Be their guest

Published by Andria Earnshaw (November 30, 2017)

Chances are you’ve been a houseguest at least once in your life, the real question is… Where you a good houseguest? Things are a little bit different when you’re staying with family, and it might be tempting to slip back into old family dynamics, but it definitely pays to act, at least in part, like a guest.

How exactly does a good houseguest act? Well, they’re a good communicator.
This covers a whole lot of situations. From your initial planning, when you will arrive, how long you’re staying for to what you’ll do while you’re there, how much time will you spend with your hosts and what your schedules look like.  It pays to have these conversations because no matter how welcome you are, you’re still impacting their normal routines. Keeping your visit an enjoyable one is important for everyone.

What’s their schedule like?
Are they early risers? Do they stay up late? Do they have to get their kids ready for school bright and early in the morning? It’s polite to know how you can fit yourself into their routine, especially if the number of bathrooms is low and the number of people are high! And if you’re one who likes to sleep in and the family gets up early, they might not want to disturb you. For all you early risers out there, you should probably bring a book to read in bed as 99% of people surveyed think you should get out of bed at the same time or a little after your hosts.

Shoes on a blue rack, shot on a wood floor with soft light and negative space.

House rules can be as simple as taking your shoes off when you come in through the door.

Ask about house rules
Everyone has them, from removing your shoes when you come in the house, to not allowing pets up on the furniture. Having an easy conversation about what the household rules are can save your hosts’ irritation later.

Be tidy
Keeping your room (or where you’re sleeping) from looking like a bomb went off is important, especially when you’re sleeping in a communal space like the living room. Cleaning up after yourself, helping with dinner or washing up, and lending a hand with other small things around the house is a great way to show your gratitude.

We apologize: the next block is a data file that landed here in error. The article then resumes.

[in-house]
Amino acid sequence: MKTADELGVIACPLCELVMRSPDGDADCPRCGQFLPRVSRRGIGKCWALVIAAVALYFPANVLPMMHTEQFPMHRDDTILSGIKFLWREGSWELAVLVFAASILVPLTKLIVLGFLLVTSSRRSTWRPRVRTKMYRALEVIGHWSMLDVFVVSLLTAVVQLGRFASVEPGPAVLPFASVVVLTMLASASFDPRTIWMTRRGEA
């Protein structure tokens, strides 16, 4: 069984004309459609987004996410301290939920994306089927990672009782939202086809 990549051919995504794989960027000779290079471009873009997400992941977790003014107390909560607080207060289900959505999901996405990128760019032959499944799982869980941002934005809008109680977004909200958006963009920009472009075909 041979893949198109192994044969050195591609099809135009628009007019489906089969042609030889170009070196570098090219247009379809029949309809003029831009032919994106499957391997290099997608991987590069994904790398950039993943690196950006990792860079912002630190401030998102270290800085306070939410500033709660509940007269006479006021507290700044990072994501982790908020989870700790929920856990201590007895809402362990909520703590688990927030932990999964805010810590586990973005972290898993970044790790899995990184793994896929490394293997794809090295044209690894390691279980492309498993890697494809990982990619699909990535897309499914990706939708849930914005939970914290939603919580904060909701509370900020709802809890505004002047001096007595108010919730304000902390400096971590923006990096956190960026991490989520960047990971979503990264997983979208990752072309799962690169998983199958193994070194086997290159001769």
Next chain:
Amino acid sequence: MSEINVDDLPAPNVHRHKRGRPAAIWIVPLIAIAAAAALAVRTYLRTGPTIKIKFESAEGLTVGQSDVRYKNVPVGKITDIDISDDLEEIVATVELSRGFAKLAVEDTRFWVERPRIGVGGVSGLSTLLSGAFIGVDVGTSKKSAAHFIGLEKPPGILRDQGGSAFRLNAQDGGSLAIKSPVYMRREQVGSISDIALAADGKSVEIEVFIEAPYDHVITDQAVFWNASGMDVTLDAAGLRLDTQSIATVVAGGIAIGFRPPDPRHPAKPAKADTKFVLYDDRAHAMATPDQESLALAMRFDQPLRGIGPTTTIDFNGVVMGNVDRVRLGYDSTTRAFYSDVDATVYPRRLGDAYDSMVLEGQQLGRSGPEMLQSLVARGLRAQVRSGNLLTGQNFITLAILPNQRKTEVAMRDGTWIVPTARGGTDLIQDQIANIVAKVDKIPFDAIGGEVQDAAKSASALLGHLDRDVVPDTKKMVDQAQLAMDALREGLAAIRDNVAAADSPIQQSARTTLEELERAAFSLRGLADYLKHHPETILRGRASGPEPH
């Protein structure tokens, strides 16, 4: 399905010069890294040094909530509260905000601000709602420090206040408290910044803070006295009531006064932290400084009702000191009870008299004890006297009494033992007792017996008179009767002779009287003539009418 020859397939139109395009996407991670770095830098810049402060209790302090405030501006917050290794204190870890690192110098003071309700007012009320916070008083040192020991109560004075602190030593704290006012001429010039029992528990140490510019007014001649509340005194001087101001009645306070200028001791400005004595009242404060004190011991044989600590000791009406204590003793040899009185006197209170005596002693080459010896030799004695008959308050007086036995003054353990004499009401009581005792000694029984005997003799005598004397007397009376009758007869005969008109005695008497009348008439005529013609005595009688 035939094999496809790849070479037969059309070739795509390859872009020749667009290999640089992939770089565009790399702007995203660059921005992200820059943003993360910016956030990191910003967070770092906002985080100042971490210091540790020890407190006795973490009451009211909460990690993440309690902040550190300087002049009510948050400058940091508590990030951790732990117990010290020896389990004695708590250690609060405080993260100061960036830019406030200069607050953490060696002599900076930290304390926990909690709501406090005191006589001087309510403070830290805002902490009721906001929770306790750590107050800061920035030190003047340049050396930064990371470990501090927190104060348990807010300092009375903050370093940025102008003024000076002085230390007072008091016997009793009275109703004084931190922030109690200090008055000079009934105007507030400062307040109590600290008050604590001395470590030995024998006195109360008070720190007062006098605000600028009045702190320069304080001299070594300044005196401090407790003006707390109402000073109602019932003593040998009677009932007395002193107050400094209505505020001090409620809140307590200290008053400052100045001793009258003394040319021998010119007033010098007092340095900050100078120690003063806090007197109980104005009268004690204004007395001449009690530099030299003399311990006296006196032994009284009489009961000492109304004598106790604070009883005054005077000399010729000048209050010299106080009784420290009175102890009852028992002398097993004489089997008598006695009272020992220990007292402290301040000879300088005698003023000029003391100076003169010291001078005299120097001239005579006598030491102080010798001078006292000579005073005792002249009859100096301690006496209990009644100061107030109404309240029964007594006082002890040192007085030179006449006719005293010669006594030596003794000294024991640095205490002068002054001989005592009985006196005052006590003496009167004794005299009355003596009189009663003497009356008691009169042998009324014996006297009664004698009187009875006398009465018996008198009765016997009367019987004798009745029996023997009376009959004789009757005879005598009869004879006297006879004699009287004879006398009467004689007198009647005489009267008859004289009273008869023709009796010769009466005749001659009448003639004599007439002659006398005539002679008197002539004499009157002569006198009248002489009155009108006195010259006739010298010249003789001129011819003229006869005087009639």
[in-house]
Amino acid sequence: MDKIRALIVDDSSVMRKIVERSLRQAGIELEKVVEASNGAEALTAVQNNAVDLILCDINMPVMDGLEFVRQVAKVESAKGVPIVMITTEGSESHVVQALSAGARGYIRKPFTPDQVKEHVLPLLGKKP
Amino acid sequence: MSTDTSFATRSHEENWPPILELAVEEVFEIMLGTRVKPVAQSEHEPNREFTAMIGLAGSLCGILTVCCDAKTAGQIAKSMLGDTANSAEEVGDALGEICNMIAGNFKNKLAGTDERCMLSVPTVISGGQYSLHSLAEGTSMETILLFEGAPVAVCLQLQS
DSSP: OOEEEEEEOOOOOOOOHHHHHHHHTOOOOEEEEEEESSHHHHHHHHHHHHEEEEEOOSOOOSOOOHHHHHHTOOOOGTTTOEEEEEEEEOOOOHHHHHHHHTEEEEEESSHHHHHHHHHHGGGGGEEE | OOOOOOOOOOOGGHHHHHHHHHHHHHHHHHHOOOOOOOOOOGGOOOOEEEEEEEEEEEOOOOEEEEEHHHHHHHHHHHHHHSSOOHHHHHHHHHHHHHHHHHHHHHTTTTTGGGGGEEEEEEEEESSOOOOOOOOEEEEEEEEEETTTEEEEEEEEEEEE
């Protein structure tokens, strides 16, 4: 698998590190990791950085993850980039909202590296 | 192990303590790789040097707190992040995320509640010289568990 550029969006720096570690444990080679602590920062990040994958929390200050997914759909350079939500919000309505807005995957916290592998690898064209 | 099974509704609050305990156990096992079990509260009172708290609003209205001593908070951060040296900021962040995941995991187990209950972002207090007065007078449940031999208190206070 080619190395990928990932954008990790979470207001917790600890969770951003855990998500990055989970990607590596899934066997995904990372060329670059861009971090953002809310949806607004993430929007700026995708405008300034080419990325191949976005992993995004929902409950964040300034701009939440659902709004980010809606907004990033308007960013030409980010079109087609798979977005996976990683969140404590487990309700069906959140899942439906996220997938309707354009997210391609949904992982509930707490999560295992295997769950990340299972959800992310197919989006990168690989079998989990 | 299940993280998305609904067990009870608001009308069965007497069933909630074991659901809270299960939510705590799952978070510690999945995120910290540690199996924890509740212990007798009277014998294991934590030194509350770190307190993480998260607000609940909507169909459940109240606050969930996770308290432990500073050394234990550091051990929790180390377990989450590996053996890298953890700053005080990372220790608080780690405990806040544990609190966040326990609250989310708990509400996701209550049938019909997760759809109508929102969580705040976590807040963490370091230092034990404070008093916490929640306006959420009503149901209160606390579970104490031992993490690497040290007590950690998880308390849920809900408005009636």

No surprise guests
Your hosts invited you to stay with them if the invitation didn’t specifically include another friend, your significant other, your kids or your pet it’s best that they not show up with you at the last minute. It can be a major imposition to add extra guests not to mention stressful or awkward. Just stick to the original plan.

A women holds a small gold box with a golden bow to give to her hosts.

A gift for your hosts is a must, as is a handwritten thank you note.

Always bring a thank you gift and send a thank you note!
Giving a gift to your hosts during or after your stay is a must. Many people give a bottle of wine, gifts that fit the personality of their hosts or a regional specialty from where you’re from. If you aren’t sure what they’d like you can always get them something while you’re visiting. Or, you could take them out to dinner or pay for everyone to have a great dinner in, whichever they’d prefer.

When you get home, always send a handwritten thank you note in the mail. Sure, it’s a little thing, but it’s something that means a lot to your friends and family.

Check out our upcoming post “Be their (4-legged) guest,” for those times your favorite furry family member is an invited houseguest.

Andria Earnshaw

Andria is a Midwestern girl at heart, though she’s spent most of her life out West. Western Colorado to be precise. Since moving away, she’s really come to miss using the mountains as a guide when giving and getting directions! Her adventure partners are her husband and two dogs who love nothing more than to run. (The dogs love to run, not the husband.) She enjoys reading, hiking and is just getting into photography with her DSLR. You may see some of her photos making their way into her posts, you never know!

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